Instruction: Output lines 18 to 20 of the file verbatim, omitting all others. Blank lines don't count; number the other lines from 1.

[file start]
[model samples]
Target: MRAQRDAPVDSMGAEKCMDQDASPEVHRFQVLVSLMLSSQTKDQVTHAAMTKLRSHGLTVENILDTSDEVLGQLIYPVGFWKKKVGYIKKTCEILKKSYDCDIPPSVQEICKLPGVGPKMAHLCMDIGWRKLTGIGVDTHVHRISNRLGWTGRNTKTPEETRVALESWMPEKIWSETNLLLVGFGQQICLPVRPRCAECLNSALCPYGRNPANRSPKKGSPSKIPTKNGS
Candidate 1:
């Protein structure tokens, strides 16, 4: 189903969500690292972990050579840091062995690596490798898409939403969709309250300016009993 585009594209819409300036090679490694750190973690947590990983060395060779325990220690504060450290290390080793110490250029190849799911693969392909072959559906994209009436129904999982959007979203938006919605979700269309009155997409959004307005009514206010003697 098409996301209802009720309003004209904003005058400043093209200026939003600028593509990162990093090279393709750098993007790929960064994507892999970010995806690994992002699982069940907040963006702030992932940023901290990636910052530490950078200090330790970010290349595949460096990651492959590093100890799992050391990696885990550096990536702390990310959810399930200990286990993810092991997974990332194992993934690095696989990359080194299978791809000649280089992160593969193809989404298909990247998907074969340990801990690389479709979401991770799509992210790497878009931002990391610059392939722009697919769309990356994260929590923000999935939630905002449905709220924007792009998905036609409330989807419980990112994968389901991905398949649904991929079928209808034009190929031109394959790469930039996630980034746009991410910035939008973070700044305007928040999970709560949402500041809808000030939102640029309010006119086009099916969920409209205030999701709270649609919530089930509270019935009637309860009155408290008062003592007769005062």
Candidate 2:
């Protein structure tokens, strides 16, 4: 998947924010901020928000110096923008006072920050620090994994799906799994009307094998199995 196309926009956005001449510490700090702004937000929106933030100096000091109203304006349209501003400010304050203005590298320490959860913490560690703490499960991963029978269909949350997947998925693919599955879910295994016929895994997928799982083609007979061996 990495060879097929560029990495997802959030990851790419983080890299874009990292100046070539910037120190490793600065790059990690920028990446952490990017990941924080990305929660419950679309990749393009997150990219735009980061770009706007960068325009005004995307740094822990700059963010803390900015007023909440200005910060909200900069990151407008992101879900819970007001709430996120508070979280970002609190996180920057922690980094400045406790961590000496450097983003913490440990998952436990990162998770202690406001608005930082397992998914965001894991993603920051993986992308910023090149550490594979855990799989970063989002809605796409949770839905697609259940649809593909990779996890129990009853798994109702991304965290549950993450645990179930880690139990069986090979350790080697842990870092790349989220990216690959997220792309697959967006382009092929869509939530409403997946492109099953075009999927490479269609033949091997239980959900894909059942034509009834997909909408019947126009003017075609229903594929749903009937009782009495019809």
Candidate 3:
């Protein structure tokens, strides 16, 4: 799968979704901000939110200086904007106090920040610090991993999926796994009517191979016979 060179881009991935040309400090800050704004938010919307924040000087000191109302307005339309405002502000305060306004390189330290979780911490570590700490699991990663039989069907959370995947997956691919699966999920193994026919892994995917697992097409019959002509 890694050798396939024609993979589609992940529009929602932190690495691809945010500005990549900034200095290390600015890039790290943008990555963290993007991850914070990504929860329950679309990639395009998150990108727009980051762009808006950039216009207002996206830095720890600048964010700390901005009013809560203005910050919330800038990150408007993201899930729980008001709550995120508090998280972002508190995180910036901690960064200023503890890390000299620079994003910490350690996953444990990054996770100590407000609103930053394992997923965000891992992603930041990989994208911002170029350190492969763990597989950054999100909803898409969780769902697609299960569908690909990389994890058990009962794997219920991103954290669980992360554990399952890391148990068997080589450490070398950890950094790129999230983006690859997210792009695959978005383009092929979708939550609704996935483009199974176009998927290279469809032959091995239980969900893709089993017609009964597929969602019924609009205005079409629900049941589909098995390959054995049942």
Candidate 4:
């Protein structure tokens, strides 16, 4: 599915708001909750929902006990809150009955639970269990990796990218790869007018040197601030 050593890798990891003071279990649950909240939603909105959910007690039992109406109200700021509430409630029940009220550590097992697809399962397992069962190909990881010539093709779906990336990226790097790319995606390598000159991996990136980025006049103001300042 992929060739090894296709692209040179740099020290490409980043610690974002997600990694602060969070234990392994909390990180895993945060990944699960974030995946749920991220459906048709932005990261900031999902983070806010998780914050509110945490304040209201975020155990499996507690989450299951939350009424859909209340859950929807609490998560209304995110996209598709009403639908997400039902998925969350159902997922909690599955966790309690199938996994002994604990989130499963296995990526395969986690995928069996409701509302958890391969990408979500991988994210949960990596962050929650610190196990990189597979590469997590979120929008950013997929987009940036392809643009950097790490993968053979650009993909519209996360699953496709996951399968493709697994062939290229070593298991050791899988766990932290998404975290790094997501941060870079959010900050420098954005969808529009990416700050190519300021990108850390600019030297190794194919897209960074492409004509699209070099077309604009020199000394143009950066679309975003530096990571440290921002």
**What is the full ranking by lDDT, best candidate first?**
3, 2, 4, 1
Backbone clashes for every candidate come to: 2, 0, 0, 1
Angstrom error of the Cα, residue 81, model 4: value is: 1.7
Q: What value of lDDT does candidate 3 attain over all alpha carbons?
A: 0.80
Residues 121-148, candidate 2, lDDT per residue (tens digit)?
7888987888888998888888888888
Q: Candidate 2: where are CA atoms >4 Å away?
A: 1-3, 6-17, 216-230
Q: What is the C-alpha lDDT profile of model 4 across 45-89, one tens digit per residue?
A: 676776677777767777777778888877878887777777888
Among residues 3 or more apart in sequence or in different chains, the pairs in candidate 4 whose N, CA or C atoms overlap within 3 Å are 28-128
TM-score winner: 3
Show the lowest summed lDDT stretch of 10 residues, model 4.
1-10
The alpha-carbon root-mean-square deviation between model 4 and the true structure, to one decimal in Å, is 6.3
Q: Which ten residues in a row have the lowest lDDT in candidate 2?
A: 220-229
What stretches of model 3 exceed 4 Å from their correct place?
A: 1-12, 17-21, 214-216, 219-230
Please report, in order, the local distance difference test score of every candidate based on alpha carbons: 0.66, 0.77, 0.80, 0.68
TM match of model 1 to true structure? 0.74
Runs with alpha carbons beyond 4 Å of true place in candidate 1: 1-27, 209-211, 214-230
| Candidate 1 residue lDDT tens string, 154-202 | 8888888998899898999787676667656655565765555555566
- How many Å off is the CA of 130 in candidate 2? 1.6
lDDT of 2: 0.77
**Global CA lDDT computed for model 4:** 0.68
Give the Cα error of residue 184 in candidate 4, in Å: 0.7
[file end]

7888987888888998888888888888
Q: Candidate 2: where are CA atoms >4 Å away?
A: 1-3, 6-17, 216-230